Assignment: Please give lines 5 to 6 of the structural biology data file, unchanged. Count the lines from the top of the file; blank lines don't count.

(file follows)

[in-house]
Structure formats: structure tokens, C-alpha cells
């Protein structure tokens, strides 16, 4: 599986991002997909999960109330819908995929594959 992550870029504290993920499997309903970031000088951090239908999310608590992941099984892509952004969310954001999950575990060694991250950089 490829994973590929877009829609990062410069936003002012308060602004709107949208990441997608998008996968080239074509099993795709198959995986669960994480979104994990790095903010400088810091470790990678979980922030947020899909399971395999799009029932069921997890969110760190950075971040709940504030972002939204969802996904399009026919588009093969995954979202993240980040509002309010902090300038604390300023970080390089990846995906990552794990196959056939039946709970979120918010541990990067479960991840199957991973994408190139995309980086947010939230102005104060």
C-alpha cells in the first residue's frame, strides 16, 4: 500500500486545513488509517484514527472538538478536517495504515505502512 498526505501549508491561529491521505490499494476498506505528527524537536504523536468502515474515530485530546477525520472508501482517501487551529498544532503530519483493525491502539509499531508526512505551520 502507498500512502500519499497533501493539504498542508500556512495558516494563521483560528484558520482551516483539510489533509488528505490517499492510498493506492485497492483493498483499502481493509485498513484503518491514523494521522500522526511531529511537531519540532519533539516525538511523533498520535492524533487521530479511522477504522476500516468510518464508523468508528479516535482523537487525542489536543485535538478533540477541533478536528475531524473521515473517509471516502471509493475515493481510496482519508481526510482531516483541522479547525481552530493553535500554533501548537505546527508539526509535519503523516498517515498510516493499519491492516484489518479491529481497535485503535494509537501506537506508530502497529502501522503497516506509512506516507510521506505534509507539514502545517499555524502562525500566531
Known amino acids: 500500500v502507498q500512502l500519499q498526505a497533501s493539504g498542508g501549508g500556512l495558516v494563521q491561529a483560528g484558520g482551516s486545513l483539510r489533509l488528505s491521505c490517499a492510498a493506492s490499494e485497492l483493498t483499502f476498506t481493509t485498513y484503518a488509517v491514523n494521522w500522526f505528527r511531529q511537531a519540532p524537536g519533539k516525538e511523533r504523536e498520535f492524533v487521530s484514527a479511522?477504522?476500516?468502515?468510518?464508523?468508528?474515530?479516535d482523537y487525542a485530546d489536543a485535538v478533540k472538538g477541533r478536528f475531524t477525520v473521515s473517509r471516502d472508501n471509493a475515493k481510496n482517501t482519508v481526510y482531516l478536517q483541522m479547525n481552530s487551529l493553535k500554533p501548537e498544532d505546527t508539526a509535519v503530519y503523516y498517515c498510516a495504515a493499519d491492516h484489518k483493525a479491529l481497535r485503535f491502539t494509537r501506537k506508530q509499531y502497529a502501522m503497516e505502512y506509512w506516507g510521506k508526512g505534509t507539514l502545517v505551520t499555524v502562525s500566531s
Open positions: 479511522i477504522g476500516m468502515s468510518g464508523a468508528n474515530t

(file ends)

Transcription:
Known amino acids: 500500500v502507498q500512502l500519499q498526505a497533501s493539504g498542508g501549508g500556512l495558516v494563521q491561529a483560528g484558520g482551516s486545513l483539510r489533509l488528505s491521505c490517499a492510498a493506492s490499494e485497492l483493498t483499502f476498506t481493509t485498513y484503518a488509517v491514523n494521522w500522526f505528527r511531529q511537531a519540532p524537536g519533539k516525538e511523533r504523536e498520535f492524533v487521530s484514527a479511522?477504522?476500516?468502515?468510518?464508523?468508528?474515530?479516535d482523537y487525542a485530546d489536543a485535538v478533540k472538538g477541533r478536528f475531524t477525520v473521515s473517509r471516502d472508501n471509493a475515493k481510496n482517501t482519508v481526510y482531516l478536517q483541522m479547525n481552530s487551529l493553535k500554533p501548537e498544532d505546527t508539526a509535519v503530519y503523516y498517515c498510516a495504515a493499519d491492516h484489518k483493525a479491529l481497535r485503535f491502539t494509537r501506537k506508530q509499531y502497529a502501522m503497516e505502512y506509512w506516507g510521506k508526512g505534509t507539514l502545517v505551520t499555524v502562525s500566531s
Open positions: 479511522i477504522g476500516m468502515s468510518g464508523a468508528n474515530t